Harvard has made a breakthrough in artificial eye technology with an artificial eye just 30 microns in depth but has the capabilities to exceed the human eye. The technology builds on the metalens technology by adding electrically-controlled flexible muscles. This new technology can make a huge impact in the optical fields including cameras, telescopes, microscopes, glasses and even VR.
The prototype device has the ability to make adjustments simultaneously for image focus, image shift and astigmatism. All these cause blurred images which our own eyes can do nothing about. But, our eyes do have the ability to focus in real time and the technology can accomplish that as well.
“All optical systems with multiple components … have slight misalignments or mechanical stresses on their components … that will always cause small amounts of astigmatism and other aberrations, which could be corrected by an adaptive optical element,” explains Alan She, an author of the research. “Because the adaptive metalens is flat, you can correct those aberrations and integrate different optical capabilities onto a single plane of control.”
The metalens in question is a flat silicon nanostructure with the ability to focus light. However, it does not end there and goes further by adding artificial muscle surrounding the metalens. This presented some challenges to the team, the first of which was increasing the size of the metalens.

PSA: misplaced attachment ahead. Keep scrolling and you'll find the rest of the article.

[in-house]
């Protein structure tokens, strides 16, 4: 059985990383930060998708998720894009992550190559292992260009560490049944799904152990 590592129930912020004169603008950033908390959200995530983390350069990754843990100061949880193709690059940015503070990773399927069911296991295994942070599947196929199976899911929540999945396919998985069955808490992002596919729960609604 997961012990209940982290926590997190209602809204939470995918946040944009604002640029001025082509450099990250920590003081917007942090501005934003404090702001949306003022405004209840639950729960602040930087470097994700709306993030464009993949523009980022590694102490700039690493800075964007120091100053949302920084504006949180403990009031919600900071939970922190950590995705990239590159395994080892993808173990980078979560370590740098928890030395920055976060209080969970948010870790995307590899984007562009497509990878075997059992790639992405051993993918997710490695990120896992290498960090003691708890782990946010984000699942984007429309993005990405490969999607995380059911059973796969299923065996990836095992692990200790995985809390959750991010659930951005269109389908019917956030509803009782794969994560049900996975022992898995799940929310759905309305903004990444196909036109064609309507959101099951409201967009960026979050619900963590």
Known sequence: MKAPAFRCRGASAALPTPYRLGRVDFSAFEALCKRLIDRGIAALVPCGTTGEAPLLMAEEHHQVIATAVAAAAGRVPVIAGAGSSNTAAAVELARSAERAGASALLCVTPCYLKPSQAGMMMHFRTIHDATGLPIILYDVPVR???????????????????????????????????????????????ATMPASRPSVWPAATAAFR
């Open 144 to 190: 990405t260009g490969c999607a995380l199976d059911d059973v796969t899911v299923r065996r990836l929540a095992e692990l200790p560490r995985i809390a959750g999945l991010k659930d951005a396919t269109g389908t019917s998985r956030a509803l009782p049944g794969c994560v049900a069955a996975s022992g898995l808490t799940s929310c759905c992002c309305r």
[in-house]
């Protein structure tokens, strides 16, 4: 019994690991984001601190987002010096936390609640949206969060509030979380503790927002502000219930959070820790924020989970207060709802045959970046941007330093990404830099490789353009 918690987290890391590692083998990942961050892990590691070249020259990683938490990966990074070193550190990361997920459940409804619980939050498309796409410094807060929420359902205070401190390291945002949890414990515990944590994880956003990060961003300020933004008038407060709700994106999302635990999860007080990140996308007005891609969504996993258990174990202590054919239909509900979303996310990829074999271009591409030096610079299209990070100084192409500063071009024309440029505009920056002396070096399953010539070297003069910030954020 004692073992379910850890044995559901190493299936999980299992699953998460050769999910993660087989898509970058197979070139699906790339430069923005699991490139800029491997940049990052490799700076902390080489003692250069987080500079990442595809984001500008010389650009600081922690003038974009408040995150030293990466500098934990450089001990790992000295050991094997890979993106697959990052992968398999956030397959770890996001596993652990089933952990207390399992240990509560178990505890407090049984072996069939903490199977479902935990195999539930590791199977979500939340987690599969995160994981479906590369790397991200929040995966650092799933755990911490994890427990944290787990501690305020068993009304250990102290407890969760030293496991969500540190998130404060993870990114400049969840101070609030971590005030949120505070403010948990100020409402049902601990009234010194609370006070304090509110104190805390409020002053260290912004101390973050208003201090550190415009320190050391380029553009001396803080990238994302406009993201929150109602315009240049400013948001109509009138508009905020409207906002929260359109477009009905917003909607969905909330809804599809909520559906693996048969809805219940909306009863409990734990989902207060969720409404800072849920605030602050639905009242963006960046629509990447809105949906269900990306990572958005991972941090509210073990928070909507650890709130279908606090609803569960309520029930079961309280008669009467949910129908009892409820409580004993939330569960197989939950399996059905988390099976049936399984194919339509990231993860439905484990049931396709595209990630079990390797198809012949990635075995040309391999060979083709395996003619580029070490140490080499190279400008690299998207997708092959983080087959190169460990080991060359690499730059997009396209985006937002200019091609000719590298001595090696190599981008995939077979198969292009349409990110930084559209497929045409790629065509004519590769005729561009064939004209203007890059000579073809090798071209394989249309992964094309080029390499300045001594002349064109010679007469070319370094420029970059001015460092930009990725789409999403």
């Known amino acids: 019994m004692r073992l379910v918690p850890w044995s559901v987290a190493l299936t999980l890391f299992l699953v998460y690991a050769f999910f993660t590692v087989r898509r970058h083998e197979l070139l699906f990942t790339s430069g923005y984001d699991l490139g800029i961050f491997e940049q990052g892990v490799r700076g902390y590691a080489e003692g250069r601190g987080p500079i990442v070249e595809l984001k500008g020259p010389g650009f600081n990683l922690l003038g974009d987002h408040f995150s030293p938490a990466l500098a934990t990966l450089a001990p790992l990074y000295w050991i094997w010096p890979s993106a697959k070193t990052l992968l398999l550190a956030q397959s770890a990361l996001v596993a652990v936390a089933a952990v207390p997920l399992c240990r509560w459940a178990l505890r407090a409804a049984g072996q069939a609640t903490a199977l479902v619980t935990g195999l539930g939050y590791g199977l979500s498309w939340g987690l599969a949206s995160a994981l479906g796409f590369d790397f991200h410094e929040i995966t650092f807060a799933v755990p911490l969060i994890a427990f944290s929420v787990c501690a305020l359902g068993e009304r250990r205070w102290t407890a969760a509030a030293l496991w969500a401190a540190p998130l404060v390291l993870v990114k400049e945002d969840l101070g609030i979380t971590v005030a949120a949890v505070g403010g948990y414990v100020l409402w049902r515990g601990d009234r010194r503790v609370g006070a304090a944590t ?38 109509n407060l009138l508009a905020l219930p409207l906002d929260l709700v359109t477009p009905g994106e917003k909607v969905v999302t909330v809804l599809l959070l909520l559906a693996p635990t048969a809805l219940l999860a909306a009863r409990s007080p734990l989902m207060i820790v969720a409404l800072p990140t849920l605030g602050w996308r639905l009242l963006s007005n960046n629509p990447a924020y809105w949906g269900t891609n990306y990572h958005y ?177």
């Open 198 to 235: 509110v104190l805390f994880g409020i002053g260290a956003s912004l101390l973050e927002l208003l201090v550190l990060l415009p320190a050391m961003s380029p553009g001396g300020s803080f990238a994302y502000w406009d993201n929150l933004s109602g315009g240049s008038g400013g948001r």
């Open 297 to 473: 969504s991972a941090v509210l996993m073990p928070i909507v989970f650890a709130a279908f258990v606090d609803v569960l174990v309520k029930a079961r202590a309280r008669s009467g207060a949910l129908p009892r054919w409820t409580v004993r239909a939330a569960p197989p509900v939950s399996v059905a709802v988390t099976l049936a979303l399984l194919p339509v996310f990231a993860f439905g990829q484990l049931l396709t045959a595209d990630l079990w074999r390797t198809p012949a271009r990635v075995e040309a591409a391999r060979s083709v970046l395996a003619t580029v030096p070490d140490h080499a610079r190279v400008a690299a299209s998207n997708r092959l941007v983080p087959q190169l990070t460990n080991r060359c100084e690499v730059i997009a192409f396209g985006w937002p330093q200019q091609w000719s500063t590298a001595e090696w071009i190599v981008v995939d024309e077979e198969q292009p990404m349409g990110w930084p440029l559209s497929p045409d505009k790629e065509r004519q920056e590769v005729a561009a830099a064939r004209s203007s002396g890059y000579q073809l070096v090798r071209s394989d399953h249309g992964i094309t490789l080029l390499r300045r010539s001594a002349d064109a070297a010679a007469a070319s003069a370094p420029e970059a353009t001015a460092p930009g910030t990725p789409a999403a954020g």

The previous prototypes were as big as pieces of glitter and to scale the technology to a 1 cm lens did not prove simple. The data needed to describe the design the lens could very well amount to terabytes owing to the complexity of the nanostructure involved.
The team developed an algorithm to overcome the problem. The algorithm was capable of describing lens production and managed to reduce the size to one that could be handled. The smaller size was necessary to make it compatible with the technology used to make integrated circuits.
The other challenge arose when it came to attaching artificial muscle to the lens without compromising its optical performance. A dielectric elastomer was chosen by the team as it is an elastic polymer and can be controlled by electricity via carbon nanotube electrodes. The elastomer was identified by the team as it allowed light to pass through without scattering it.
There is still no news whether this artificial eye has any potential in human implants. The team is planning to work towards further improvements that include reducing the voltage needed to control the eye and increase the speed of response.
This research was carried out at Harvard John A. Paulson School of Engineering and Applied Sciences and the team’s paper has been published in Science Advances.